3. Chiral Magnetic Effect

In high-energy heavy-ion collisions, the occurrence of the CME requires the simultaneous existence of ultra-strong magnetic fields, chiral symmetry restoration, and topological charge changing transitions. Therefore, the confirmation of the CME will further our understanding of all these fundamental physics mechanisms. The experimental searches for the CME have been carried out extensively in the past decade at RHIC and the LHC. This section will introduce the observables pertinent to the electric charge separation induced by the CME, present the experimental results, and discuss the background contributions due to the coupling of elliptic flow and other physics mechanisms.

3.1. Charge Separation Observable

It is tempting to directly measure the event average of . However, from event to event, the signs of the values are equally likely, and the signs of finite and will flip accordingly, which will result in . Figure 4 presents the STAR measurements of with the 1st harmonic event plane reconstructed from spectator neutrons [45]. These results indicate nonsignificant charge dependence in all centrality intervals, and the difference between positive and negative charges is typically less than 10−4.

Figure 4: for positive and negative charges versus centrality for Au+Au collisions at = 200 GeV [45].

One solution to search for the CME is via charge separation fluctuations perpendicular to the reaction plane, for example, with a three-point correlator [55], , where the averaging is done over all particles in an event and over all events. In practice, the reaction plane is approximated with the “event plane” () reconstructed with measured particles, and then the measurement is corrected for the finite event plane resolution. The expansion of the γ correlator,reveals the difference between the in-plane and out-of-plane projections of the correlations. The first term () in the expansion provides a baseline unrelated to the magnetic field. The background contribution () is suppressed to a level close to the magnitude of [55].

The γ correlator was first measured by the STAR Collaboration with the 2nd harmonic event plane for Au+Au (shown with crosses in Figure 5) and Cu+Cu (not shown here) collisions at 62.4 and 200 GeV with data from the 2004/2005 RHIC runs [46, 47]. All the results have been found to be in qualitative expectation with the CME: the opposite-charge () is above the same-charge () correlations, displaying a “right” ordering. The opposite-charge correlations in Cu+Cu collisions are stronger than those in Au+Au, possibly because of the suppression of the correlations among oppositely moving particles in a larger system. STAR also presented and dependences of the signal. The signal has a width of about one unit of rapidity, suggesting that short-range correlations are not the dominant contributions. The signal is found to increase with the pair average , and it was later shown [56] that the radial flow expansion can explain this feature.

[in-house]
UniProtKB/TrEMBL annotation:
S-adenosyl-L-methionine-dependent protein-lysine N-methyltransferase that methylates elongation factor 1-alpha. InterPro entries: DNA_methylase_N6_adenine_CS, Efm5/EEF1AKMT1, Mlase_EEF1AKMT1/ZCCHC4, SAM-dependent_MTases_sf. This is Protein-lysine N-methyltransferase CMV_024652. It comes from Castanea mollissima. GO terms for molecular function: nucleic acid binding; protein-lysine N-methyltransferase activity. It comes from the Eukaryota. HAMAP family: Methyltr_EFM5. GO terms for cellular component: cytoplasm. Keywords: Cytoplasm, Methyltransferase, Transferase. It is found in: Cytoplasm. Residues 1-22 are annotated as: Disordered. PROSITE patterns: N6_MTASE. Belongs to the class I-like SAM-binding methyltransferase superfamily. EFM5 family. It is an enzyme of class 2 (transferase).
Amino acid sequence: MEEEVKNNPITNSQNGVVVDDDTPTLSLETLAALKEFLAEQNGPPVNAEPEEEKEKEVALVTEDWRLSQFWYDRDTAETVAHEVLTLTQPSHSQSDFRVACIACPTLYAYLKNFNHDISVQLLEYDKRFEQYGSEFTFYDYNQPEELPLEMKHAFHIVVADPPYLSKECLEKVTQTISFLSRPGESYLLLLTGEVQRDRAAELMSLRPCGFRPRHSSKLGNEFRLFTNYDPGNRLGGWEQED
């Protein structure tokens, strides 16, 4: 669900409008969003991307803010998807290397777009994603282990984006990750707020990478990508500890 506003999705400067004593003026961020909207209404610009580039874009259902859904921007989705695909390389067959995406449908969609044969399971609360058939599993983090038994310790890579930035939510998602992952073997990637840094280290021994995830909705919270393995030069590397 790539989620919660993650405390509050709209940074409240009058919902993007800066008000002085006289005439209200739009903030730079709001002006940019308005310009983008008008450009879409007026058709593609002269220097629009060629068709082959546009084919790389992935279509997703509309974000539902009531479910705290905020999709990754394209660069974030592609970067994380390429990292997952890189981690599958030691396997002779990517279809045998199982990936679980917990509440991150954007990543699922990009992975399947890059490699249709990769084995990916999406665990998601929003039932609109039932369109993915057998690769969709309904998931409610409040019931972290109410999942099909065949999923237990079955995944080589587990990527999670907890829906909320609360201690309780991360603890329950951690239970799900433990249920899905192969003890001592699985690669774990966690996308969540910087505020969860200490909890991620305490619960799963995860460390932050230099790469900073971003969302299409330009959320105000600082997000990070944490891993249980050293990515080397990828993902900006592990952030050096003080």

Figure 5: Three-point correlator, γ, measured with 1st and 2nd harmonic event planes versus centrality for Au+Au collisions at = 200 GeV [45]. Shown with crosses are STAR previous results from the 2004 RHIC run [46, 47].

Similar γ results for 200 GeV Au+Au and 2.76 TeV Pb+Pb were observed by the PHENIX Collaboration [57] and the ALICE Collaboration [49], respectively. PHENIX also employed a multiparticle charge-sensitive correlator, [58], and their preliminary results showed a concave distribution, also evidencing the charge separation effect. Recently this method was also applied to the STAR data, which yielded qualitatively similar results [59]. However, there are a few issues with this method that keep us from further discussing its results. First, this correlator employs charge-sign-randomized particles to provide a baseline for the charge separation, but the randomization will introduce a bias by destroying local charge conservation. Second, there is no correction for the event plane resolution in the measurement, making it impossible to directly compare the measurements between different experiments. Third, the extraction of the charge separation signal relies on the comparison with a simplified Monte Carlo simulation, which has to well describe many experimental phenomena, including , spectra, event plane resolution, transverse momentum conservation, and local charge conservation. Among other things, we are not aware of any simple Monte Carlo simulation that properly handles momentum conservation. In short, the reliability of this method depends on how realistic the simple simulation can be.